It’s all the rage right now. Everyone seems to be a buyer or seller; some are even trying to play both sides of the M&A puzzle. It is hard to find anyone who is not actively considering M&A as a strategy for growth or exit. And while it may be exciting and the seemingly best option for growing or transition, it also comes with some baggage that can become detrimental if not managed well.
Our core values are posted all over the office, and we take the time to go over them with every new employee; but, I still see behavior inconsistent with our values. What can I do?
These are the ten books I recommend as the foundation of a strong business library. While the Bible may seem like a strange first choice, I find that spending time in that book of wisdom each morning grounds me in truth and helps focus me on the things that matter. The other nine are important books that provide a broad base from which to build a strong business mindset.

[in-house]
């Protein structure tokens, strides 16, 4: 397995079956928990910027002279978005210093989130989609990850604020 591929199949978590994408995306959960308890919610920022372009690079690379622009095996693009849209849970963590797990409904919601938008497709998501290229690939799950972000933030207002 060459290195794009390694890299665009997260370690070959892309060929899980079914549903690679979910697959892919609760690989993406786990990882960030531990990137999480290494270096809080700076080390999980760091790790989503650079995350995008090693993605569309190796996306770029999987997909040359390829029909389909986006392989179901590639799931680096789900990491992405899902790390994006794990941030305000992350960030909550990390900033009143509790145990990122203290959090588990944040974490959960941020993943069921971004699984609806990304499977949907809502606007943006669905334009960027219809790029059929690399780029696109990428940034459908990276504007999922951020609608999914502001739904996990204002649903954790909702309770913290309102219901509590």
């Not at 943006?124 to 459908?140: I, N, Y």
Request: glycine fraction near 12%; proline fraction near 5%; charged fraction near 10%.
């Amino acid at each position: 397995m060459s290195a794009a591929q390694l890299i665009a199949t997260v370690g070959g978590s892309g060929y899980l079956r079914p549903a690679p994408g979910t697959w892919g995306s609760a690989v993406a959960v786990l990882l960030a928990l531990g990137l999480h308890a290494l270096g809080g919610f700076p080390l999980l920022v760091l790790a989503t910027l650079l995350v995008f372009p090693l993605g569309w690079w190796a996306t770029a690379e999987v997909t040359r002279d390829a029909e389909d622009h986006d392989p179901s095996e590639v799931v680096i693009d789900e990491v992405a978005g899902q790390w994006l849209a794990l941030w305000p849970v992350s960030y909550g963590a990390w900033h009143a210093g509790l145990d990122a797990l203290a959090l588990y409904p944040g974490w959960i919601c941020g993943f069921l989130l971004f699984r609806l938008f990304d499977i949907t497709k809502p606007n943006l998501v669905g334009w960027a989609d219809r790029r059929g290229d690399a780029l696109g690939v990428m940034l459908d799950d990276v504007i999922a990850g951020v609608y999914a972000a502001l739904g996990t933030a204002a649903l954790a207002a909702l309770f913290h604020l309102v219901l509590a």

Here is a scenario that I experience all the time in my sales efforts and I want to see how many of you have the same experience. I call a prospect and one of three things happen.
Do you want to have a high performance team? The secret is building a culture of accountability. One of our core values at HTG is accountability through execution, so it’s a topic we are constantly thinking about and discussing.
Perspective. What exactly does that mean today and why is it important? Over the last year I’ve come to truly appreciate the importance of perspective when it comes to planning. It is a core element to the Paterson Center tools – StratOp and LifePlan – where about 2/3 of the focus is actually taking a look backward to determine how we got to the place we are today.
The difference between networks and communities is networks connect, communities care.
As we turn the page on a new year, you should ask yourself if you’re ready. This is our time to reset the counters. While we are in school we have semesters to conveniently break up our work into manageable divisions. You finish the course, get a grade, and move on to the next one. Good bad or indifferent, you have a forced fresh start.
Running a company isn’t as simple as most business owners thought, and the longer they do it, the more disenfranchised they become. It just wasn’t supposed to be this hard. How do you buy a gift for a person like that? Here are a few thoughts on what small business entrepreneurs and owners might like.
Rich Anderson shares a few leadership lessons he saw being lived out at that event.